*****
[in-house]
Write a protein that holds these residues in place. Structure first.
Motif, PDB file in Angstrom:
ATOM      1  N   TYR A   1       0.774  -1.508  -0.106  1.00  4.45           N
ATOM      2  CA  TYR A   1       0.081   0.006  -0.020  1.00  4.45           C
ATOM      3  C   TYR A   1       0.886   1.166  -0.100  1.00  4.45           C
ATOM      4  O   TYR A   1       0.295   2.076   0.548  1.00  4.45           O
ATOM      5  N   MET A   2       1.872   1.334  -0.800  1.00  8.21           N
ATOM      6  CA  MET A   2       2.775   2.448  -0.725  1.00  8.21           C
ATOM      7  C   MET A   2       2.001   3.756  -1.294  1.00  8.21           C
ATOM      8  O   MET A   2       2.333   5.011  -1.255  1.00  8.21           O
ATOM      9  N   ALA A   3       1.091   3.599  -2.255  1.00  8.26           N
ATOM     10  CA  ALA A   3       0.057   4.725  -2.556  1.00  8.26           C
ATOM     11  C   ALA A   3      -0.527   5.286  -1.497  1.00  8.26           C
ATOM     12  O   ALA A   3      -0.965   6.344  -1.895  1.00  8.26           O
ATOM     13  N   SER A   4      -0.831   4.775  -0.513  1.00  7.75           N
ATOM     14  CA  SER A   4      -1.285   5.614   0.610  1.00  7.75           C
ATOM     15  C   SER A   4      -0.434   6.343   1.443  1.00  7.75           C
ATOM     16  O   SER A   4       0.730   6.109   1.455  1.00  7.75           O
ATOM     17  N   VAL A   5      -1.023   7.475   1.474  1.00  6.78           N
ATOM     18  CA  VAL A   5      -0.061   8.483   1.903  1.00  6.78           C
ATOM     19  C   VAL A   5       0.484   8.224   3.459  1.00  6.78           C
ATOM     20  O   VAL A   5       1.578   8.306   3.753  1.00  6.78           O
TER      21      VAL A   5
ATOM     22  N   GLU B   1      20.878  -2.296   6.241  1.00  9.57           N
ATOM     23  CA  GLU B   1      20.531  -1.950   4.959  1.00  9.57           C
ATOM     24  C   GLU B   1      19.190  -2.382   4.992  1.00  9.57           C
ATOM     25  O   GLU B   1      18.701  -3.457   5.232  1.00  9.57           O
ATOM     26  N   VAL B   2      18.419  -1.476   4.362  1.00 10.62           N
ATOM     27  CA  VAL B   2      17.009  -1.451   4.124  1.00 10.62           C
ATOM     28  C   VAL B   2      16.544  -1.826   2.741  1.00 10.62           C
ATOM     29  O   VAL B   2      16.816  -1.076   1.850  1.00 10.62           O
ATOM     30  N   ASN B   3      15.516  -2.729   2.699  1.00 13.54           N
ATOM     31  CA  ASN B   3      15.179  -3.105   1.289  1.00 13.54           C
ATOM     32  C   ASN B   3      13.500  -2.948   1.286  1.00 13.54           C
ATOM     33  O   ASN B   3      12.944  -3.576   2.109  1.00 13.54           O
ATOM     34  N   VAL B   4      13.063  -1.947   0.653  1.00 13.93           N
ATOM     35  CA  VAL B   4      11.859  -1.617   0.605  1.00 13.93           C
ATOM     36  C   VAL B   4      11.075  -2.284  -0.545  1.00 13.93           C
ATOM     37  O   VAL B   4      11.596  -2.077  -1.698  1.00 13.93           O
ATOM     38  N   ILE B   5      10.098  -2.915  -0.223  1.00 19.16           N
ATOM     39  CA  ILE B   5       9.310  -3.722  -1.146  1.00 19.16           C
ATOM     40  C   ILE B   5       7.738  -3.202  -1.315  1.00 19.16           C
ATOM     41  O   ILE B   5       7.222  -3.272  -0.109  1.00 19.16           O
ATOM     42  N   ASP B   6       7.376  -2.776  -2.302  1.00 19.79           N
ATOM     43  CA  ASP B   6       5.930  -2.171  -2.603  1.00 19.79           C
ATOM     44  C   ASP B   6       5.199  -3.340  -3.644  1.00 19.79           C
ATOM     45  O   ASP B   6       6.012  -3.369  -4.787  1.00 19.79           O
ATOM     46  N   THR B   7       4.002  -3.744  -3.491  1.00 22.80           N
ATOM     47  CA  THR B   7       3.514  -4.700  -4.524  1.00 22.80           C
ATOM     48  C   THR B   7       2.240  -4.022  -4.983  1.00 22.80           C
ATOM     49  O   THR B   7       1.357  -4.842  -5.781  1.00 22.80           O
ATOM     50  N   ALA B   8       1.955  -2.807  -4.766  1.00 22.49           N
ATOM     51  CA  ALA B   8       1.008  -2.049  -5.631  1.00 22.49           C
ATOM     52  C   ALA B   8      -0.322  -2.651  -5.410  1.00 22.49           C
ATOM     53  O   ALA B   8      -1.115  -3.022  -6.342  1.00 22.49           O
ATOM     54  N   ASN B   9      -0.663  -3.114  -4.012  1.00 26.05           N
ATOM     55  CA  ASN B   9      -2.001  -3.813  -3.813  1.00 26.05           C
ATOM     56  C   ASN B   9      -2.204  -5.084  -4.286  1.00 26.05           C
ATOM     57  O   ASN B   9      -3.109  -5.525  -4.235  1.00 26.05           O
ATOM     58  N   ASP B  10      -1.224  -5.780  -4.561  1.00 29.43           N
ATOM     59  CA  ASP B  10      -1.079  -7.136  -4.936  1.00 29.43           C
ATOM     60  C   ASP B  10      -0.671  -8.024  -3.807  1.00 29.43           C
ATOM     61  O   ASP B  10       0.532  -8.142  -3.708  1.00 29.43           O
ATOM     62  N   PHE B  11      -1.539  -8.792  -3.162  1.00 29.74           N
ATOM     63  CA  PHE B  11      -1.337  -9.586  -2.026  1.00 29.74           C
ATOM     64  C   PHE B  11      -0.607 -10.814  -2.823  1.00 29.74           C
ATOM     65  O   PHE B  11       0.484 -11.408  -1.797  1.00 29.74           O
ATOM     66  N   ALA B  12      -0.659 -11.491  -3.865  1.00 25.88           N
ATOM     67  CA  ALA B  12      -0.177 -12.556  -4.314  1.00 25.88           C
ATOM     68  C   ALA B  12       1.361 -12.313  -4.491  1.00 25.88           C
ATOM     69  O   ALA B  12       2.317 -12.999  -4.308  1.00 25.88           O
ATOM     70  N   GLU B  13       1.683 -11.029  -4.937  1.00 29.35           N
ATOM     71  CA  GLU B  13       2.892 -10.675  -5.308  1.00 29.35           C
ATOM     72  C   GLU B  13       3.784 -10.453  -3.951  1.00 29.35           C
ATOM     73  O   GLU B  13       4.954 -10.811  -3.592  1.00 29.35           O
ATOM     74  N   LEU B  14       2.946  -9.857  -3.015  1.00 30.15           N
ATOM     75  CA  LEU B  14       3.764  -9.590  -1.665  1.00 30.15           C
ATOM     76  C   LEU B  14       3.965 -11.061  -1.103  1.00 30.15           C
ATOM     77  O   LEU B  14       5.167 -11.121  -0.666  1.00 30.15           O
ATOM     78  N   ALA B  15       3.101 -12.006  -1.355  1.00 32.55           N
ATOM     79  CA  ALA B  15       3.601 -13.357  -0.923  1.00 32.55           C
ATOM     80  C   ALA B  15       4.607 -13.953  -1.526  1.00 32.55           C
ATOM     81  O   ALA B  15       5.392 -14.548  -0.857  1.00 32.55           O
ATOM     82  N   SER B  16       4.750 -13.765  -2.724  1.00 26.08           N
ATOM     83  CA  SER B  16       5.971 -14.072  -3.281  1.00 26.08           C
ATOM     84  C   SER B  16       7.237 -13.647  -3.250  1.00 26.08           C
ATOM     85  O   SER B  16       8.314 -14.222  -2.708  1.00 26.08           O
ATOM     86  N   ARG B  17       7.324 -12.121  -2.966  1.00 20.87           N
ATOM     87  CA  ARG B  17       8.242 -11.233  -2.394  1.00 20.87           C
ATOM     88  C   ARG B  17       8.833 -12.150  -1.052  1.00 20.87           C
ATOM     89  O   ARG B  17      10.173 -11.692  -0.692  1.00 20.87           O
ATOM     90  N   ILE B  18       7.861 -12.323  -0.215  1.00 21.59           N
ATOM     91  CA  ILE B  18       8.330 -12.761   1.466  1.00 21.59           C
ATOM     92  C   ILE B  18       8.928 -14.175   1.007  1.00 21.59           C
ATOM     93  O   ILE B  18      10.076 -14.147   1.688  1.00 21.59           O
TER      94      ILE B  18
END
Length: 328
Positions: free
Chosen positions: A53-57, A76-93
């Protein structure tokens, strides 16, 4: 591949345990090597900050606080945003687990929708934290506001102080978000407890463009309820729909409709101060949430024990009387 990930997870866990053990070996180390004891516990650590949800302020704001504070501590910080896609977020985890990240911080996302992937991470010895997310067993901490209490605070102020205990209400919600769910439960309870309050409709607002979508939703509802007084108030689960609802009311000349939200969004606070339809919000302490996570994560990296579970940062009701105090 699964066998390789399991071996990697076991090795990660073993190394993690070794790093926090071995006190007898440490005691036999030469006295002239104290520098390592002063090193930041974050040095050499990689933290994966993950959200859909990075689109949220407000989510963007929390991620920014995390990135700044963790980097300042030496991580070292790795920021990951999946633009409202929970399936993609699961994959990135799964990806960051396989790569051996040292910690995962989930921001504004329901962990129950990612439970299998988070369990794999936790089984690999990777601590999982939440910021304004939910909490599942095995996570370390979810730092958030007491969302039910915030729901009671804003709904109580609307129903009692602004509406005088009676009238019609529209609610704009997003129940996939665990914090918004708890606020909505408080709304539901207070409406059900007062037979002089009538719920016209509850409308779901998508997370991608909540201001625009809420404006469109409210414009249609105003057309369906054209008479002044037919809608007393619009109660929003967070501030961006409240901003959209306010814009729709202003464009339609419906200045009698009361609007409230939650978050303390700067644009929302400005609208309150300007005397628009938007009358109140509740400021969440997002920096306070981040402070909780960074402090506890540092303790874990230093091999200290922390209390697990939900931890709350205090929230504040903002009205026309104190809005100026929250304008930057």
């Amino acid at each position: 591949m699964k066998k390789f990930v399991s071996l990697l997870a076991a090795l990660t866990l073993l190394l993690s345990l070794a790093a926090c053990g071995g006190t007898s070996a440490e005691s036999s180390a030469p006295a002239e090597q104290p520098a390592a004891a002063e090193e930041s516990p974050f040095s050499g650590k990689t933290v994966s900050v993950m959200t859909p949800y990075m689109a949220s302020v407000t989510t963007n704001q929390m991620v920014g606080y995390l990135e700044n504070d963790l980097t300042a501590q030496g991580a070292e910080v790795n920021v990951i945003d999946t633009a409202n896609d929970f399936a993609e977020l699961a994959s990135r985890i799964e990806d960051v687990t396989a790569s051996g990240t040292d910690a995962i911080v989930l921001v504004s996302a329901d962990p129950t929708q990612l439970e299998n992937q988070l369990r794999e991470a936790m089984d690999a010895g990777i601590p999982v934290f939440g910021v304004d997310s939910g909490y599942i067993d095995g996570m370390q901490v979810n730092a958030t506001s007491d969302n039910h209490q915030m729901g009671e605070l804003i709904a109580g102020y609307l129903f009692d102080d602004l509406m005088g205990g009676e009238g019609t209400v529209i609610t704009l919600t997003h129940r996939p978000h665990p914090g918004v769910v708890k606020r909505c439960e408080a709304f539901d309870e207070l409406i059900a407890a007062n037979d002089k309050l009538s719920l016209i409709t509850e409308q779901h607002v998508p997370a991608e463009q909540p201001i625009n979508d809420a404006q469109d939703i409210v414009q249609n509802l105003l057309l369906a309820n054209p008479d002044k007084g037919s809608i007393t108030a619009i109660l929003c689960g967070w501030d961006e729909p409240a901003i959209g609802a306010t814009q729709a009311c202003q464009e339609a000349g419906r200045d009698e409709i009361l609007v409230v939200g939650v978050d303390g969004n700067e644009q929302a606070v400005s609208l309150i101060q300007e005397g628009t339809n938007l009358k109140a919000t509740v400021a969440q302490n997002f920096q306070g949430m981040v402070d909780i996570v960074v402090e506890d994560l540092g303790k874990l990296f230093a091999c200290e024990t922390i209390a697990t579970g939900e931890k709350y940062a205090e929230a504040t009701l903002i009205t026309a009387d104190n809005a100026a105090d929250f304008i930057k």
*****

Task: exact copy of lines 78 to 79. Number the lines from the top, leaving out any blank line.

ATOM     75  CA  LEU B  14       3.764  -9.590  -1.665  1.00 30.15           C
ATOM     76  C   LEU B  14       3.965 -11.061  -1.103  1.00 30.15           C